Buckeye Dairy News : VOLUME 20, ISSUE 5

  1. Milk Prices, Costs of Nutrients, Margins, and Comparison of Feedstuffs Prices

    Alex Tebbe, Graduate Research Associate, Department of Animal Sciences, The Ohio State University

    Milk Prices: Where are we now and where are we heading?

    In the last issue, the Class III component price for May and June were similar at $15.18 and $15.21/cwt, respectively. For the month of July, the Class III future was projected to rise slightly to $15.36/cwt and then decrease over a $1/cwt to $14.08/cwt in August. The Class III component price for the month of July actually closed at about $1/cwt lower than its future at $14.10/cwt, whereas the August Class III component price closed higher than its future price at $14.95/cwt. Class III futures for September are about the same at $14.85/cwt, followed by a $1.50 jump in October to $16.33/cwt.

    For almost 4 years now, the annual Class III milk price has averaged around $15 to 16/cwt (4 year average of $15.32/cwt). Compared to the record year of 2014 (year average of $22.30/cwt), this price is obviously a disappointment. The low price is simply because average milk production and cow numbers keep growing. Back in 2014, production averaged 22,260 lb/cow/year with nearly 9.34 million cows in the U.S. As I write today, average production is just over 23,360 lb/cow/year with over 9.40 million milk cows. Doing the math, this amounts to a 5.8 million ton difference in annual milk production between 2014 and today – has the demand for dairy products gone up that much as well? The answer, no.

    For the milk price to go back up, cow numbers need to decrease. The USDA does expect cow numbers to come down in 2019, but this will be a slow process. This being said, the average Class III average price will probably continue to go down and be in the $14.50 to15.50/cwt range for the remainder of this year and maybe even the first part of 2019. Times will continue to be tough for dairy producers.         

    Nutrient Prices: Two thumbs up CC

    As in previous issues, these feed ingredients were appraised using the software program SESAME™ developed by Dr. St-Pierre at The Ohio State University to price the important nutrients in dairy rations, to estimate break-even prices of many commodities traded in Ohio, and to identify feedstuffs that currently are significantly underpriced as of September 25, 2018. Price estimates of net energy lactation (NEL, $/Mcal), metabolizable protein (MP, $/lb; MP is the sum of the digestible microbial protein and digestible rumen-undegradable protein of a feed), non-effective NDF (ne-NDF, $/lb), and effective NDF (e-NDF, $/lb) are reported in Table 1.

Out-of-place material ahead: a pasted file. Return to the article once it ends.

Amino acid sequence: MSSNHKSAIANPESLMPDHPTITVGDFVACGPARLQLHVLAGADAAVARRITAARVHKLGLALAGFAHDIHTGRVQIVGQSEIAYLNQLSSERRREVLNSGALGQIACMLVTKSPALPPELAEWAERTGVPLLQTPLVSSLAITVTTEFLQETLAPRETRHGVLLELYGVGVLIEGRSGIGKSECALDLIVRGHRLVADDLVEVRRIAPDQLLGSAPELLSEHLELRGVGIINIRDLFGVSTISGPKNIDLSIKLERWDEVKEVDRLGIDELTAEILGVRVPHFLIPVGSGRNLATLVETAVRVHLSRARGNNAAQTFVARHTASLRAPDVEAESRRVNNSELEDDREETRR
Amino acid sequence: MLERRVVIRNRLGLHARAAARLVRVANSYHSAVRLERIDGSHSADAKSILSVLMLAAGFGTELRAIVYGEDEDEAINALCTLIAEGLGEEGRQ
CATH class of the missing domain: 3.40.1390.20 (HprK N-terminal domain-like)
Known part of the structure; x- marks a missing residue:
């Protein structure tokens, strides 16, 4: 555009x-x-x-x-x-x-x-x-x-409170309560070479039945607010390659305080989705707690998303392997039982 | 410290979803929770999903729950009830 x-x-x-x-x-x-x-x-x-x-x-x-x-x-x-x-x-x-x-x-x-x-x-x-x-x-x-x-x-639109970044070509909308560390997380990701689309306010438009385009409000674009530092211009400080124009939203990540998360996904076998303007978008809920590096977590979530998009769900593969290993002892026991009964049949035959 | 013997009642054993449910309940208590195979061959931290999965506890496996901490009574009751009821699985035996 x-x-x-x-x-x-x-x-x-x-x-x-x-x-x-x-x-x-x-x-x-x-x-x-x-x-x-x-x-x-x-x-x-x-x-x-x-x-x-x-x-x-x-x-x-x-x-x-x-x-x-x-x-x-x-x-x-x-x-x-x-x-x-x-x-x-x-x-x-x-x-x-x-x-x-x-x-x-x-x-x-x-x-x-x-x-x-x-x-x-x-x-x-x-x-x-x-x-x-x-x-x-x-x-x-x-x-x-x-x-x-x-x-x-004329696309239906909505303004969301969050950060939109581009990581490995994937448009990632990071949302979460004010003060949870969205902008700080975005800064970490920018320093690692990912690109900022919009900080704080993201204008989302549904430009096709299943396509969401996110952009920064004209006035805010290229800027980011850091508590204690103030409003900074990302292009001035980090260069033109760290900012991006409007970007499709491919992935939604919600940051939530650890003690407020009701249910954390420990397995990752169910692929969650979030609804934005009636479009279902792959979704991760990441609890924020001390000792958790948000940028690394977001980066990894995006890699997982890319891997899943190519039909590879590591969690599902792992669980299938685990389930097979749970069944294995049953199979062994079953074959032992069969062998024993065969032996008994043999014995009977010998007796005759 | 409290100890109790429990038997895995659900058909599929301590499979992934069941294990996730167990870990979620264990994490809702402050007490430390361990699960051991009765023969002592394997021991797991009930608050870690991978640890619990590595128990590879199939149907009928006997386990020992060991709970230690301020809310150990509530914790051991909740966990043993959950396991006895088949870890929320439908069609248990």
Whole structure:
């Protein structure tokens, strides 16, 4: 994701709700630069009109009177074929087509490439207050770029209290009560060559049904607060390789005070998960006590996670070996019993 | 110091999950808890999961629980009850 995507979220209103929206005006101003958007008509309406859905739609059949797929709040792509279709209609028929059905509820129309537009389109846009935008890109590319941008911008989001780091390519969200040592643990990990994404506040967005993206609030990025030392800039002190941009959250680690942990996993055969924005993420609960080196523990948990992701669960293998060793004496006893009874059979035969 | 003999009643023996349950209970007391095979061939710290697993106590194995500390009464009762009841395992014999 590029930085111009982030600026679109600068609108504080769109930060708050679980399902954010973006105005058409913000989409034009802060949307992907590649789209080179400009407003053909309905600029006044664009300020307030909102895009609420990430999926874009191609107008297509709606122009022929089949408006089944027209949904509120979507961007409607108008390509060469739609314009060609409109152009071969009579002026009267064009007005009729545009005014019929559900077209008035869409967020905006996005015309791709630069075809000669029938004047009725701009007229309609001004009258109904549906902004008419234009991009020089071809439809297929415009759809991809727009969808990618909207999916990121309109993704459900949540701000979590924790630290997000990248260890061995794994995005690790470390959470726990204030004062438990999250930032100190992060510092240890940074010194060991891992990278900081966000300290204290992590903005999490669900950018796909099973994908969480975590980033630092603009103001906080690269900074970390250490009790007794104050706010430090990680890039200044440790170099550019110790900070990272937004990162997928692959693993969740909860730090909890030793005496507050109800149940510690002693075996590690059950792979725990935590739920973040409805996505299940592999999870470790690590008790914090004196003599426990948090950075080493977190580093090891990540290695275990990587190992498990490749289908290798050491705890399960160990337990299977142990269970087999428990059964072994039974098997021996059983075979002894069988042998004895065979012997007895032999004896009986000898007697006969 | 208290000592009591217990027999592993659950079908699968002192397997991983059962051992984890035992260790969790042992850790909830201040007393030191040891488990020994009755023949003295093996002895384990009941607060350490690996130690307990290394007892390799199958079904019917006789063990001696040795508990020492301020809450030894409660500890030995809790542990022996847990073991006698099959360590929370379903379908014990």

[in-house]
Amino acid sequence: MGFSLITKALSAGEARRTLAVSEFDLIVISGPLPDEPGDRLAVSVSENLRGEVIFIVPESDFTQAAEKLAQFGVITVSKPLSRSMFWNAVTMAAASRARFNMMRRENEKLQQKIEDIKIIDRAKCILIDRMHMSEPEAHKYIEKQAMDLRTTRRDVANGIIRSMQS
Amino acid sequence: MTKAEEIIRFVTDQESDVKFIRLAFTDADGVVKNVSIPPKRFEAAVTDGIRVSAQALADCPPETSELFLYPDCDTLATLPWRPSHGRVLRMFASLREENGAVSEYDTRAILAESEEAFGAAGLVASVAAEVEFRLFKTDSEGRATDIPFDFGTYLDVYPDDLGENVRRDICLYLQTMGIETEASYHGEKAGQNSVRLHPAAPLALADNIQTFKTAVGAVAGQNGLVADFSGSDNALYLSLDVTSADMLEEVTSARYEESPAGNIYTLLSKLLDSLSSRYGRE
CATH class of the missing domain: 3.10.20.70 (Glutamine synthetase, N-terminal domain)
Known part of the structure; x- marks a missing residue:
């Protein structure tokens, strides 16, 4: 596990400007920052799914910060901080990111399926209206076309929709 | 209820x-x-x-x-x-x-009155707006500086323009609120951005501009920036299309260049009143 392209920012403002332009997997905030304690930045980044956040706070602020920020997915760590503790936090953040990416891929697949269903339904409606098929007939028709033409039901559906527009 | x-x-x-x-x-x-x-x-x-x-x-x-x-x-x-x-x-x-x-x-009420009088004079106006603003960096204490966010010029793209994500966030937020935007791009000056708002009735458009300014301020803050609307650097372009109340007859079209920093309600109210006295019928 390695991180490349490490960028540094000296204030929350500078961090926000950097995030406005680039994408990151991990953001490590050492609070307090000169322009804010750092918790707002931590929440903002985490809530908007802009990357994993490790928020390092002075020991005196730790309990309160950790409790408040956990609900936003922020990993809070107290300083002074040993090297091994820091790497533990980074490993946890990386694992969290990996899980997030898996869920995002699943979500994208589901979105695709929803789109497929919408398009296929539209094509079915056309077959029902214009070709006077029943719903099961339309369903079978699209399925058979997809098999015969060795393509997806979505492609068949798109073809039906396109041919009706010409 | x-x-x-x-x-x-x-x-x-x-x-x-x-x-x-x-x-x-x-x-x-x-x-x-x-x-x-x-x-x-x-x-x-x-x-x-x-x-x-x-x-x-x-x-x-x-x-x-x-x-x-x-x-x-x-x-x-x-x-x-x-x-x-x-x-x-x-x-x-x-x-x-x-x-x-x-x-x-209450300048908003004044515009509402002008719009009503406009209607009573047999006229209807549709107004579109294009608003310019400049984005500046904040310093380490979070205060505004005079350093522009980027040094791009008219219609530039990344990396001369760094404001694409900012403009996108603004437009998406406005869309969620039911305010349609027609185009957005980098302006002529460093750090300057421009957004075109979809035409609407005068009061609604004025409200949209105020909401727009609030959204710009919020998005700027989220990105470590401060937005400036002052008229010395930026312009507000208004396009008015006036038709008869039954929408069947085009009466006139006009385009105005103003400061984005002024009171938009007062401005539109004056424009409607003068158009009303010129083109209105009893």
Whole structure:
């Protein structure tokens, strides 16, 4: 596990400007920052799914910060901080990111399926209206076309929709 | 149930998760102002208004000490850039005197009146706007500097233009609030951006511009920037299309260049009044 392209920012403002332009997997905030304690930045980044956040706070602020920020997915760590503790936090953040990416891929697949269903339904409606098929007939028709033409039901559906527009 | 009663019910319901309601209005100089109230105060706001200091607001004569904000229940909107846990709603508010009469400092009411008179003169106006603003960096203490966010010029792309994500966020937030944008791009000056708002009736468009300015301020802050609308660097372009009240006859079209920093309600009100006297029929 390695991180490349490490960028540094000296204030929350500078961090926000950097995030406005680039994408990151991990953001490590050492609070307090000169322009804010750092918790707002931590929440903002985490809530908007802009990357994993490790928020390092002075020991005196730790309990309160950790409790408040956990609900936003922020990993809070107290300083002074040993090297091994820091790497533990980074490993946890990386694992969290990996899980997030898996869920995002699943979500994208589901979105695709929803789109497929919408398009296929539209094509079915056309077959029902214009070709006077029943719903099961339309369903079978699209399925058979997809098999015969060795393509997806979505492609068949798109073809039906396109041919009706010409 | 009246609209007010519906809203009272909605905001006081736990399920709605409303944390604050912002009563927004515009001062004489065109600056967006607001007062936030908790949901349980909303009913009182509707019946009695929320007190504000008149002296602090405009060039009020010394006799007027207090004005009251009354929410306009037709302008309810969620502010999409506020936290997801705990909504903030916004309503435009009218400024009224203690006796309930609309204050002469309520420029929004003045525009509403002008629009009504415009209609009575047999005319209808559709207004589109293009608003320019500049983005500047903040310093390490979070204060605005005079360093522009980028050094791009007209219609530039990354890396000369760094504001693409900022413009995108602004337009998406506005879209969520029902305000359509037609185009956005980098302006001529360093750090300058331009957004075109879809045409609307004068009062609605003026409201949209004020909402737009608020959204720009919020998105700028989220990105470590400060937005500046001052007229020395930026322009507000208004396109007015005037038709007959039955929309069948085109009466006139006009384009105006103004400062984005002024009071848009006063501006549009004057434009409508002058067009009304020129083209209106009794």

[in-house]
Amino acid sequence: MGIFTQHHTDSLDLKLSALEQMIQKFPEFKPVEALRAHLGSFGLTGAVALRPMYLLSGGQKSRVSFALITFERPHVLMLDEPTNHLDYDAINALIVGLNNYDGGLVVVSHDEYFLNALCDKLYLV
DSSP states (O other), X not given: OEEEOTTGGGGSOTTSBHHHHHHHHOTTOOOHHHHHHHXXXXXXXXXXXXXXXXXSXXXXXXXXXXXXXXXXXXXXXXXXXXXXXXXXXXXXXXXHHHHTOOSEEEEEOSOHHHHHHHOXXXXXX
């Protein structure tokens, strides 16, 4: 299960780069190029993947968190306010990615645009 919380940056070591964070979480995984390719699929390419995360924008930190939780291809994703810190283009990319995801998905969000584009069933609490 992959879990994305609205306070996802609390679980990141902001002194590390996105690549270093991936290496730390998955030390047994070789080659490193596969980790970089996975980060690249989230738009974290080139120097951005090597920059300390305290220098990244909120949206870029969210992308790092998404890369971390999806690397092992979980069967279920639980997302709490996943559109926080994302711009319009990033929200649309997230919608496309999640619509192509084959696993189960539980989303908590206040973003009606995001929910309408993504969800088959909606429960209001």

Per usual, commodity and nutrient prices have went down as crops are being harvested in the majority of the Midwest. For MP, its current value has dropped $0.05/lb, from July’s issue ($0.40/lb) and is about 38% lower than the 5 year average ($0.48/lb). The cost of NEL is also lower than July (9¢/Mcal) and lower than the 5-year average (11¢/Mcal). The price of e-NDF and ne-NDF are not very different from July at 8¢/lb and -6¢/lb (i.e., feeds with a significant content of non-effective NDF are priced at a discount), respectively. Needless to say, now would be a good time to start locking in good prices on commodities and reformulating rations to enable feeding bargain feedstuffs long term.

    In this issue, I also calculated a new corn silage price for the 2018 growing year: $44.60/ton (35% dry matter). This price is about $1.40 more than the 2017 growing year ($43.20/ton) but is still a bargain compared to other common ingredients. The price I calculated is based on the crop value as if it was harvested for corn grain rather than silage. Because corn silage is dual purpose and provides marked amounts of both NEL and e-NDF for dairy cows, the true value of corn silage to the producer should actually be around $66.60/ton, about 50% higher than my calculation. However, corn silage quality varies considerably based on location (e.g. weather and growing conditions) and harvesting and storage conditions, as well as the corn hybrid planted. Using the 75% confidence intervals defined in Table 2 are better predictors of what corn silage may actually be worth to producers because of this real world variability. The intervals still do not contain the calculated value based off corn grain (i.e., the $44.60/ton estimate). Bottom line, corn silage should be a no brainer for making up the majority of the forage component for rations during the upcoming year, but only if you have stored enough – running out of corn silage in August will be a huge financial burden.